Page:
Increase in Antarctic Sea Ice not captured in CMIP5 modelling experiments: A comparison of trends and annual variability of 18 models used in the CMIP5 ensemble runs shows unsurprisingly large inter-model variability. More importantly though, all models produce a negative sea ice trend, which is forced by an earlier trend. This suggests that the forcing mechanism causing the currently observed increase in the Ross Sea Region are not captured and simulated incorrectly. Turner, J., Bracegirdle, T., Phillips, T., Marshall, G., Hosking, J.S. (2013) An initial assessment of Antarctic Sea Ice Extent in the CMIP5 Models. Journal of Climate, 26, 1473-1484

Reconstruction of modern sea ice trends reveal longer term decline: An exceptionally high resolution reconstruction of seasonal sea ice variability over the past 130 years in the Ross Sea region suggests stable sea ice area until the mid 1950s, which is followed by a period characterised by significant sea ice reductions. However, since early 1990s a sea ice area increase of 5% is observed which masks the underlying declining trend. The strengthening of southerly wind flow across the Ross Sea polynya has been suggested as driving mechanism for the observed sea ice area increase. Sinclair, K., Bertler, N., Bowen, M., Arrigo, K. (2014) Twentieth century sea ice trends in the Ross Sea from a high resolution coastal ice core record. Geophysical Research Letters, 41:10, 3510-3515

Source of iron fertilisation in the Ross Sea region from ocean upwelling: Observations show that the Ross Sea polynya has low concentration of bio-available iron (Fe). Extensive algae blooms during summer indicate either an oceanic (upwelling) or atmospheric (dust from the Tran Antarctic Mountains) contribute significantly to the Fe budget in the Ross Sea and area of Antarctic Bottom Water formation. Analysis of Fe concentrations in sea ice and snow samples suggests that the Fe from atmospheric sources accounts for ~15% of the observed primary productions. This suggests that ocean upwelling is the major driver of Fe delivery and thus primary productivity. Thus changes in ocean currents (and to a lesser degree of atmospheric circulation) could influence the carbon uptake efficiency in the Ross Sea. Winton, V., Dunbar, G., Bertler, N., Millet, M.-A., Delmonte, B., Atkins, C., Chewings, J. and Andersson, P. (2014): The contribution of Aeolian sand and dust to iron fertilisation of phytoplankton blooms in the southwestern Ross Sea, Antarctica. Global Biogeochemical Cycles, 28: 4, 423-436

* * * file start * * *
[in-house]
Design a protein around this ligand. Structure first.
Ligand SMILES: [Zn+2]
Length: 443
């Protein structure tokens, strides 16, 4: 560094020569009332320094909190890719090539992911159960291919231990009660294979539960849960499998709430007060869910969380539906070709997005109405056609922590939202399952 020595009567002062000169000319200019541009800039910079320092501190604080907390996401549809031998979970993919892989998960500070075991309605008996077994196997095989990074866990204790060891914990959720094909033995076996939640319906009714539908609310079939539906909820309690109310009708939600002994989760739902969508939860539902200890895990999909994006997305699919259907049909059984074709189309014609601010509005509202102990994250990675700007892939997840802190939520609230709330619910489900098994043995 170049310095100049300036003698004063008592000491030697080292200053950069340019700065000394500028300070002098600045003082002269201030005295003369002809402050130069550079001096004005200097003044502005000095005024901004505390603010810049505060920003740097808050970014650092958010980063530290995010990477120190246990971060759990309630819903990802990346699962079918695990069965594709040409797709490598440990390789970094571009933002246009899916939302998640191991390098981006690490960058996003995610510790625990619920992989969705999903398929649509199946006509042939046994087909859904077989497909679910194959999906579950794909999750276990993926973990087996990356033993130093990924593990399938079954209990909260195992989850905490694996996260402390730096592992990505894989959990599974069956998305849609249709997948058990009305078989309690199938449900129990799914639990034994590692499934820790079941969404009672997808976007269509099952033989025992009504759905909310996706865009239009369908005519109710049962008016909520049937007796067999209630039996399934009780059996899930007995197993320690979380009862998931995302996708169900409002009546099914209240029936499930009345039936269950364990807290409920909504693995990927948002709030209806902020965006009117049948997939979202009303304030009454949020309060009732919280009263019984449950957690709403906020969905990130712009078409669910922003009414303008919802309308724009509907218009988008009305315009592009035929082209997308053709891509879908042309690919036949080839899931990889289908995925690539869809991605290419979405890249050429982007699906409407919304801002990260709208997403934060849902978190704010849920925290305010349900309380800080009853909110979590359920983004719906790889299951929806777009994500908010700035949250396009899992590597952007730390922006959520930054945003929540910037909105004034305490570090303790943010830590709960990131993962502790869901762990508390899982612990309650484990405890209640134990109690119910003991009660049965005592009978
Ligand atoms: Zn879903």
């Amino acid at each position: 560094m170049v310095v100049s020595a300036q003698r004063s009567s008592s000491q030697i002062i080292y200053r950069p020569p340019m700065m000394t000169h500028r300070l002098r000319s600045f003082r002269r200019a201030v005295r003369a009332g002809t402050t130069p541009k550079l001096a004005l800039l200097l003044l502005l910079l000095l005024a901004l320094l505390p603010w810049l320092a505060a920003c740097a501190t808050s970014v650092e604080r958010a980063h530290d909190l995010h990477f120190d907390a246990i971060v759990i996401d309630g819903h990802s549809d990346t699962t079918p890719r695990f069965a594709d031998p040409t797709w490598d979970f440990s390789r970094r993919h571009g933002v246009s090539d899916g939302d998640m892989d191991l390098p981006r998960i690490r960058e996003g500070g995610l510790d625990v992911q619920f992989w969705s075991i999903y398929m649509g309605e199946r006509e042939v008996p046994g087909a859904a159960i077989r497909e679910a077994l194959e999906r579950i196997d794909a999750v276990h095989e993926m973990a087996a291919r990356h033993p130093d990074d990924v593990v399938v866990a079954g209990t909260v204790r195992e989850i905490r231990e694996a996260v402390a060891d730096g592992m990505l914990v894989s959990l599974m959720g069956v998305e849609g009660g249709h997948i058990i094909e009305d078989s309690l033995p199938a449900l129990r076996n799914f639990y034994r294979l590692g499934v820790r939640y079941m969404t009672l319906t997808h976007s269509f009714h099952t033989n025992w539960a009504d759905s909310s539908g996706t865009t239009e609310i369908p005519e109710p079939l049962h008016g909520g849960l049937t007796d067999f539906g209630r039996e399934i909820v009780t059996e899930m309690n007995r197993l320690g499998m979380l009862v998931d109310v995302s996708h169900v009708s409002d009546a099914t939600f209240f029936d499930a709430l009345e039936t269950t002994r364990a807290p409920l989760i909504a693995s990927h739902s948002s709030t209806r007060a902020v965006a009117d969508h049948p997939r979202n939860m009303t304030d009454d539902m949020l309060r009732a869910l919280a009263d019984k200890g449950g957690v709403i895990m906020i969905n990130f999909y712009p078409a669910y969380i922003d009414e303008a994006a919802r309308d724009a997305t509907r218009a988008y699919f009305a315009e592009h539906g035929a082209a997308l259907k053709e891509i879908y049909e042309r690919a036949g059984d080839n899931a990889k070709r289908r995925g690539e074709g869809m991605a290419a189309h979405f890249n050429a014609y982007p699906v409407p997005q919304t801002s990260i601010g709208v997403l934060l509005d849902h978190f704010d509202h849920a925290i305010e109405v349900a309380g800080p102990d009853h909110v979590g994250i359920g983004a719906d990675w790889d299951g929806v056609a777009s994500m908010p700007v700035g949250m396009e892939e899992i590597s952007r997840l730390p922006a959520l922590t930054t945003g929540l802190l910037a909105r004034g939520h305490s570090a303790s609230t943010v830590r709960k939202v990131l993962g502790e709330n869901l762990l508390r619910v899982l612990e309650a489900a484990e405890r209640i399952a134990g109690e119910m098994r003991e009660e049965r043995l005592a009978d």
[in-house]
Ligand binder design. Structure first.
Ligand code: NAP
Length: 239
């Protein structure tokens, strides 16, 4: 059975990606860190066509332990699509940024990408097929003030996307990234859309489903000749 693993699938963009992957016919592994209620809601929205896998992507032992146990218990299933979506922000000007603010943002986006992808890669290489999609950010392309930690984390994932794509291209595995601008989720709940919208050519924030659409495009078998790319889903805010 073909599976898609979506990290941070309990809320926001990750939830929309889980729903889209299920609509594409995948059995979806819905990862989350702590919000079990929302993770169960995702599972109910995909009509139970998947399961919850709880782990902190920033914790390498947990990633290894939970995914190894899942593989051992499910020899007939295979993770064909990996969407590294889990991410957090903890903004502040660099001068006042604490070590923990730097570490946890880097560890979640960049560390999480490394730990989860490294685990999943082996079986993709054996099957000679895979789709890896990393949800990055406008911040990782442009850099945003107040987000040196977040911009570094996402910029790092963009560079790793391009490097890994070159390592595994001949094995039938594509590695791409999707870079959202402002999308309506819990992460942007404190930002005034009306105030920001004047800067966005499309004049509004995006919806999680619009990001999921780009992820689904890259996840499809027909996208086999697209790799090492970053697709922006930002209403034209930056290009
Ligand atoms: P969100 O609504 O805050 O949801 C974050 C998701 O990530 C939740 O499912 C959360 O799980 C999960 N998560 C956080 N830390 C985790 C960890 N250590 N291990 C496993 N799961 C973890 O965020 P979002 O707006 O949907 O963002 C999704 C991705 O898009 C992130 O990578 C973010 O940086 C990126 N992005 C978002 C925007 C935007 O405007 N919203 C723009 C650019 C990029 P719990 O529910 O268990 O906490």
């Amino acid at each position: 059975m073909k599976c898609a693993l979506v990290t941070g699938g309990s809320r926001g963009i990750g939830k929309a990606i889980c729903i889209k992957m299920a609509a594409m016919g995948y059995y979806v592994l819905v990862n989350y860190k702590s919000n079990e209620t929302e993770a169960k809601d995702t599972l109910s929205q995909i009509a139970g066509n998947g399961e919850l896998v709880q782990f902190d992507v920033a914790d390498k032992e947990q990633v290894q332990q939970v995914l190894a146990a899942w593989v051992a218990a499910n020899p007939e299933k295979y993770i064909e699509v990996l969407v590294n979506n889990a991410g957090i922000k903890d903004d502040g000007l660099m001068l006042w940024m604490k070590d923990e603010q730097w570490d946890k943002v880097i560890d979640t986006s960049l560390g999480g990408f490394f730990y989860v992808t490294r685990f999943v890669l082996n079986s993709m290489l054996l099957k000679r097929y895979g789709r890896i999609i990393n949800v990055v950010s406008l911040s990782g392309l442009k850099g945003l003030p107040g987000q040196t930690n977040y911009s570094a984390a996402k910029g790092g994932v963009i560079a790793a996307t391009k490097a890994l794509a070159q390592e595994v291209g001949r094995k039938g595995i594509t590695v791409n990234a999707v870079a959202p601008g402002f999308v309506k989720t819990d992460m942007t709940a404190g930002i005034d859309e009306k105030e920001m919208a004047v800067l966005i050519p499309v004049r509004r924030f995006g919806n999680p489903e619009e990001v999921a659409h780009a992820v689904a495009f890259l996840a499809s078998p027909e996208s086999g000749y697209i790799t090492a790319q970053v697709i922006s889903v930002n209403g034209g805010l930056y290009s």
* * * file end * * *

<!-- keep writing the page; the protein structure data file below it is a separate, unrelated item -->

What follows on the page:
+ Data

Antarctic Climate Indicators

The concept of Antarctic Climate Indicators is that there is at present no central place that jointly displays or documents iconic climate variables relevant to Antarctica and the Southern Ocean, such as the Southern Annular Mode / westerly winds, Southern Hemisphere sea ice extent and Antaerctic Peninsula temperatures. AntClim21 is currently working to collating such Antarctic Climate Indicators (ACIs) which are being added to this webpage.

Antarctic Climate Projections to 2100

+ Links

AntClim21 Relevent links

AntClim21 Facebook Page

Southern Ocean Climate Model Atlas - University of Arizona

Daily Sea-Ice Update from the US - National Snow and Ice Data Center (NSIDC)

Antarctic Climate Change and the Environment (ACCE)

Antarctic Thresholds - Ecosystem Resilience and Adaptation (AnT-ERA)

Check out this fantastic video lecture by AntClim21 Steering Committee member, Joellen Russell from the "Earth Transformed" lecture series. This lecture looks at the ocean’s role in climate, heat, and carbon uptake and is part of a public lecture series focusing on drivers and impacts of climate change in the world around us.